“Do you think they’re both dead?” the dispatcher asked.
“I think they’re both dead,” said the woman, later identified as Bobby Manley by the Cincinnati Enquirer. “It looks like someone has beat the hell out of them.”
The men had been shot in the head, execution-style.
The call ends with Manley’s painful wails as she waits outside the home for authorities to arrive. Six more bodies would be found by the day’s end, all members of the Rhoden family of Pike County, ranging in age from 16 to 44, shot dead inside four different homes not far apart.
Since the bloodshed Friday, local and state law enforcement officers have swarmed the community, interviewing more than 50 people and combing the wooded areas surrounding the crime scenes. Sheriff Charles Reader called the investigation one of the largest in Pike County history. Ohio Attorney General Mike DeWine said the massacre was “pre-planned” and “sophisticated.” A wealthy Ohio businessman offered a $25,000 reward to anyone with answers.
Yet there are few.
Officials have been tight-lipped about many of the details surrounding the case, including why the family was targeted and who may have fired the bullets.
At a news conference Sunday, investigators revealed some new information, but they were reluctant to tie it to a motive; several marijuana-growing operations were found at the crime scenes, according to the Associated Press.
DeWine did not say if the “operations” were for personal use or business.
A different “major marijuana grow site with suspected ties to a Mexican drug cartel” was discovered in Pike County four years ago, according to a 2012 news release from the attorney general’s office. Authorities have made no connections between this grow site and the “operations.”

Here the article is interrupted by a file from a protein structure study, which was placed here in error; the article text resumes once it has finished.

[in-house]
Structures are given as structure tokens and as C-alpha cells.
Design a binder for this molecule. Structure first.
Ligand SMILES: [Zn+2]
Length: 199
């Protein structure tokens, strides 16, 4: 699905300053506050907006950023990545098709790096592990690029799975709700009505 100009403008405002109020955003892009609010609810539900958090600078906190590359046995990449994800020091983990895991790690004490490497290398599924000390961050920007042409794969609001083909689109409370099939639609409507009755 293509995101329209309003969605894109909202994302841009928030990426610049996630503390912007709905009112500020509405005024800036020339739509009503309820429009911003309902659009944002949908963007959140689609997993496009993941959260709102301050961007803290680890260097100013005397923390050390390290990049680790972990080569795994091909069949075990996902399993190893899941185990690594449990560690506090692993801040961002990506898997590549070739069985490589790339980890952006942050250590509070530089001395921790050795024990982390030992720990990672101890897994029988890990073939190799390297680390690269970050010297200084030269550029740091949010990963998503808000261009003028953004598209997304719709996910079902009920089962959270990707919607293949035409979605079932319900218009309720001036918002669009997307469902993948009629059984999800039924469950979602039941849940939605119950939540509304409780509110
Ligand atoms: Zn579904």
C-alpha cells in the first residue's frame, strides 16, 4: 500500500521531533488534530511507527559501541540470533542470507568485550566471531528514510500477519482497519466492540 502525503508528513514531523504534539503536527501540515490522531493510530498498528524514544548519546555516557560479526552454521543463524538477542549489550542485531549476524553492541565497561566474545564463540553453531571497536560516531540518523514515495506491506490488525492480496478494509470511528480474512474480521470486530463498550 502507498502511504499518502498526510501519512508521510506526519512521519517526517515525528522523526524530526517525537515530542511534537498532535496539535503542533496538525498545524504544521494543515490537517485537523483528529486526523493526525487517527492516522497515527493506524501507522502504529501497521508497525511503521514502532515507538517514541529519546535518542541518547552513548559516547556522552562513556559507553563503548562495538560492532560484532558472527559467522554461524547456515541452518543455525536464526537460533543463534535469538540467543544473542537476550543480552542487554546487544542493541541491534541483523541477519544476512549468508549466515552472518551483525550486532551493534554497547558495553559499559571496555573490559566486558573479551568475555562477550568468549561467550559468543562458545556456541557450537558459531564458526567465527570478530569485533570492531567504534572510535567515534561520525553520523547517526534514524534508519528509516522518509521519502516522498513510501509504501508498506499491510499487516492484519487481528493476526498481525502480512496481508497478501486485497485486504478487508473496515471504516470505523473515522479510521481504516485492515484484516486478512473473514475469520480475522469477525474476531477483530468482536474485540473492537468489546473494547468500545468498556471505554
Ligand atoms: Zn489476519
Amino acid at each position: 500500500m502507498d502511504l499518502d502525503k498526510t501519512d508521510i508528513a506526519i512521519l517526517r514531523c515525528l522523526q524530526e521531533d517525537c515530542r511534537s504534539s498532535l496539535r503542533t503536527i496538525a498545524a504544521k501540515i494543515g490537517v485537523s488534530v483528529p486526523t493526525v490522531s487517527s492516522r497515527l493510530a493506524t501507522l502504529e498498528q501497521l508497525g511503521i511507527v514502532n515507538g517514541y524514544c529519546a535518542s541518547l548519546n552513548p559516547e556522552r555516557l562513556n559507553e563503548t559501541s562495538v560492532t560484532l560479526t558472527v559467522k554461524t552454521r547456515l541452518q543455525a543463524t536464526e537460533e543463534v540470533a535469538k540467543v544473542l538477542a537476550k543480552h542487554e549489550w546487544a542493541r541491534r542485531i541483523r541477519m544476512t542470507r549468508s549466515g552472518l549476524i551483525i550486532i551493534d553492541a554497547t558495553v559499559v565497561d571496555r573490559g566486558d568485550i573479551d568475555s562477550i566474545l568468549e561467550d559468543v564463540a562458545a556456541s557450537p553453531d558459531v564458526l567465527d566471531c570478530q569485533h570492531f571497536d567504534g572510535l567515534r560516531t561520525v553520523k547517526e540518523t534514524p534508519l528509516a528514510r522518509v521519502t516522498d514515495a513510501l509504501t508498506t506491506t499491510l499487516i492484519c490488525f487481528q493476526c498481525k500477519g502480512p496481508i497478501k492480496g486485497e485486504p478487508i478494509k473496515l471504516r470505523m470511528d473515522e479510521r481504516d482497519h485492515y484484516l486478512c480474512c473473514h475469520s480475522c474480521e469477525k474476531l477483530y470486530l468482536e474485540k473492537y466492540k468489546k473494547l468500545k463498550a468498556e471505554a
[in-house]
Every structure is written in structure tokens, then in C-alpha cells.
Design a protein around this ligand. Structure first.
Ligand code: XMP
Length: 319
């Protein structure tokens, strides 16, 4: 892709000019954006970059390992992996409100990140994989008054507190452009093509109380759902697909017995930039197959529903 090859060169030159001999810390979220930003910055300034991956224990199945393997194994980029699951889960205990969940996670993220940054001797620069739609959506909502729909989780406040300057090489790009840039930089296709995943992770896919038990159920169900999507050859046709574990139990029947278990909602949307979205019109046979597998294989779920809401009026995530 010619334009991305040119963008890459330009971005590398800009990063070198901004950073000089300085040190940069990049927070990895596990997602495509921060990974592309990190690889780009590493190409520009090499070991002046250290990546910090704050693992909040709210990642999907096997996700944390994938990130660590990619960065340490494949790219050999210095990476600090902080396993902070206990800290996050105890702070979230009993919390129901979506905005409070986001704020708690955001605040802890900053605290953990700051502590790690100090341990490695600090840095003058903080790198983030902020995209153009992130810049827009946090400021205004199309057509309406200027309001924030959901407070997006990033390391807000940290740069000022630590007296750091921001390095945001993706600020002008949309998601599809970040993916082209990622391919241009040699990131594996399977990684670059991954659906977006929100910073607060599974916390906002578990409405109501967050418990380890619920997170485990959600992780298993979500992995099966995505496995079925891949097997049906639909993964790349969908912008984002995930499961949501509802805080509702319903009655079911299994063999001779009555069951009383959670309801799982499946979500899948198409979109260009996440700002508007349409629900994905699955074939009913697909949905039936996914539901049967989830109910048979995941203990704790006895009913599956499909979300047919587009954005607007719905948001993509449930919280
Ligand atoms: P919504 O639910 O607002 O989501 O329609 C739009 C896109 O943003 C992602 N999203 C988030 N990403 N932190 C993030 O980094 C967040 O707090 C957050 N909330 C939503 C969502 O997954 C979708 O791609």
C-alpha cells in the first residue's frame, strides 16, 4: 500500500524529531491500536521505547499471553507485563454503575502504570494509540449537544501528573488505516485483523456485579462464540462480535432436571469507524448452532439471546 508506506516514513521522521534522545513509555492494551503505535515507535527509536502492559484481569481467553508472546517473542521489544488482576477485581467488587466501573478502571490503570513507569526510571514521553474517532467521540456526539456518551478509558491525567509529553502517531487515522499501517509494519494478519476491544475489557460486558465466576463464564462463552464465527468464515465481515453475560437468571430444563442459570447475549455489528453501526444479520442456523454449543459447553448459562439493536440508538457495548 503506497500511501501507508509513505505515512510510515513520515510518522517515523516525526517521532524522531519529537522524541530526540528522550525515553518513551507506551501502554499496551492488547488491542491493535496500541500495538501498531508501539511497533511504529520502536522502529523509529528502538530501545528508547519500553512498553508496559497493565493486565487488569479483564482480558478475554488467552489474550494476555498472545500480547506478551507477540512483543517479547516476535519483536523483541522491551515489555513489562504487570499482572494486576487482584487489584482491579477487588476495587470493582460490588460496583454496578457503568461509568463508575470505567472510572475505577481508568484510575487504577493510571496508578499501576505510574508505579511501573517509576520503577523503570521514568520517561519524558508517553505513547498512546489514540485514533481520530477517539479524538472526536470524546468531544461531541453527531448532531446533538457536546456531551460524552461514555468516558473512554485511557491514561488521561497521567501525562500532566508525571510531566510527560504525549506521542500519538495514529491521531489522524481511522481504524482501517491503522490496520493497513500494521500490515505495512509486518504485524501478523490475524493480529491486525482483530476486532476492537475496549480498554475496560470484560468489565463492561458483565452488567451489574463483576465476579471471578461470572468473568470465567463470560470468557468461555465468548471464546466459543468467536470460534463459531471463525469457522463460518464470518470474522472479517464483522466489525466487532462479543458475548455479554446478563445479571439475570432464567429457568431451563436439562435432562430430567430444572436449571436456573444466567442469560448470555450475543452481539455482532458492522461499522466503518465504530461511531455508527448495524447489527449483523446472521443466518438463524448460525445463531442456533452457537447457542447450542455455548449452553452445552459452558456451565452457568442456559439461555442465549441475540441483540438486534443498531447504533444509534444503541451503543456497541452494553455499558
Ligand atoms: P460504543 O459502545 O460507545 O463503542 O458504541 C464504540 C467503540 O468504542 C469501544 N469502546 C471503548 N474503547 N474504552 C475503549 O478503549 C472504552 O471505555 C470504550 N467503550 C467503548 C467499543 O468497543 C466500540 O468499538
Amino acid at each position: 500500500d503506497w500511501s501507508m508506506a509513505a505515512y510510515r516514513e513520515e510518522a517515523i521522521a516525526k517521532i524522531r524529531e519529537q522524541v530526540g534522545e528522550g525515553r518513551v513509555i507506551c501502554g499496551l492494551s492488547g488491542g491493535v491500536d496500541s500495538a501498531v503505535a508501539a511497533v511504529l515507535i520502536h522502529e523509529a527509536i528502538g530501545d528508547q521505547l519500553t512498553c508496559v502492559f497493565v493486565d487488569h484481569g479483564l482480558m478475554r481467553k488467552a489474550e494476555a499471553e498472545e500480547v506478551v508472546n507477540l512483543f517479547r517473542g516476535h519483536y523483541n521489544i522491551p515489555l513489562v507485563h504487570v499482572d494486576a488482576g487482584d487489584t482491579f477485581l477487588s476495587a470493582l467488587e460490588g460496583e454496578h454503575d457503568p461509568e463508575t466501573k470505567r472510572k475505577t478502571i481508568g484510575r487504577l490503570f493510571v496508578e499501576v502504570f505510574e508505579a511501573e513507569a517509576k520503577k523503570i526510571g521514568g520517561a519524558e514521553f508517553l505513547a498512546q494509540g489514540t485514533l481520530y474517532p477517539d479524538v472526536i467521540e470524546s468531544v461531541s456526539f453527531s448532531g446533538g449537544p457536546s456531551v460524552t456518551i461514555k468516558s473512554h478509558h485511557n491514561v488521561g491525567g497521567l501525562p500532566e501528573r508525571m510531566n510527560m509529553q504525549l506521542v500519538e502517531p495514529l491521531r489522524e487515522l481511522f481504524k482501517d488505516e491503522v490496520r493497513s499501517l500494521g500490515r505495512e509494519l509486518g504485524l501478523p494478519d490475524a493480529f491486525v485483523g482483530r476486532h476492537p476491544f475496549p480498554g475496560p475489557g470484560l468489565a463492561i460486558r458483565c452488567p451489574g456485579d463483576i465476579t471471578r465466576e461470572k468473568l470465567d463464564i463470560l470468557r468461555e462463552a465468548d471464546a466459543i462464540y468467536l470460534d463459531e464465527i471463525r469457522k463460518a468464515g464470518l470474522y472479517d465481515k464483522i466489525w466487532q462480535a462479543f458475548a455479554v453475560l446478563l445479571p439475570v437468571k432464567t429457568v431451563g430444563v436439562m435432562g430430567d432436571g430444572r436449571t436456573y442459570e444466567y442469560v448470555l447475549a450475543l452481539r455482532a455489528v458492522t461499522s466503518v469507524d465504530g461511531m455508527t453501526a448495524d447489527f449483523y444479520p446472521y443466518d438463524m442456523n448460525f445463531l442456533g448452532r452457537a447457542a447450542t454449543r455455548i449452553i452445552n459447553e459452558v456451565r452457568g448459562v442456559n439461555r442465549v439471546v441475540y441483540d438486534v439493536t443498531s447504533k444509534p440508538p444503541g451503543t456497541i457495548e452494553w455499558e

The victims were identified as 40-year-old Christopher Rhoden Sr.; his 16-year-old son, Christopher Rhoden Jr.; 44-year-old Kenneth Rhoden; 38-year-old Gary Rhoden; 37-year-old Dana Rhoden; 20-year-old Clarence “Frankie” Rhoden; 20-year-old Hannah Gilley; and 19-year-old Hanna Rhoden.
Most were shot in their sleep, authorities said. Hanna Rhoden’s newborn baby, less than a week old, was found near her mother’s body, the AP reported. The newborn, along with Hannah Gilley’s 6-month-old baby and another small child, were unhurt, reports said.
Three of the trailer homes were in close proximity. It was at a fourth location, about a 10-minute drive away, that a different family member found the eighth body.
“It’s all this stuff that’s on the news, I just found my cousin with a gunshot wound,” the man told a 911 dispatcher.
“Sir, is he alive?”
“No, no,” the man said, identifying the victim as Kenneth Rhoden.
Autopsies for all eight bodies were performed throughout the weekend at the Hamilton County coroner’s office, according to a news release from the attorney general’s office.
“Eighteen pieces of evidence are now at the state crime lab,” DeWine said Sunday. “It was a sophisticated operation, and those who carried it out we’re trying to do everything that they could do to hinder the investigation and their prosecution. … We would anticipate that this could be a lengthy investigation.”
That same day, 48 hours since the first body was found, community members gathered just down the road from the crime scenes to worship at Union Hill Church. The Rev. Phil Fulton told his congregation to turn to prayer, the Cincinnati Enquirer reported, and admitted he had no answers.
“A mother holding her baby in her arms, who would do that?” he said. “Only evil would do that.”
Early in the weekend, officials were investigating whether the shooter or shooters could have been among the dead, but cautioned that scenario was unlikely.
Authorities have urged anyone with information to call the offices of the sheriff and attorney general.
“There is a family that lost eight members,” Sheriff Reader said Sunday. “This was not something that just happened.”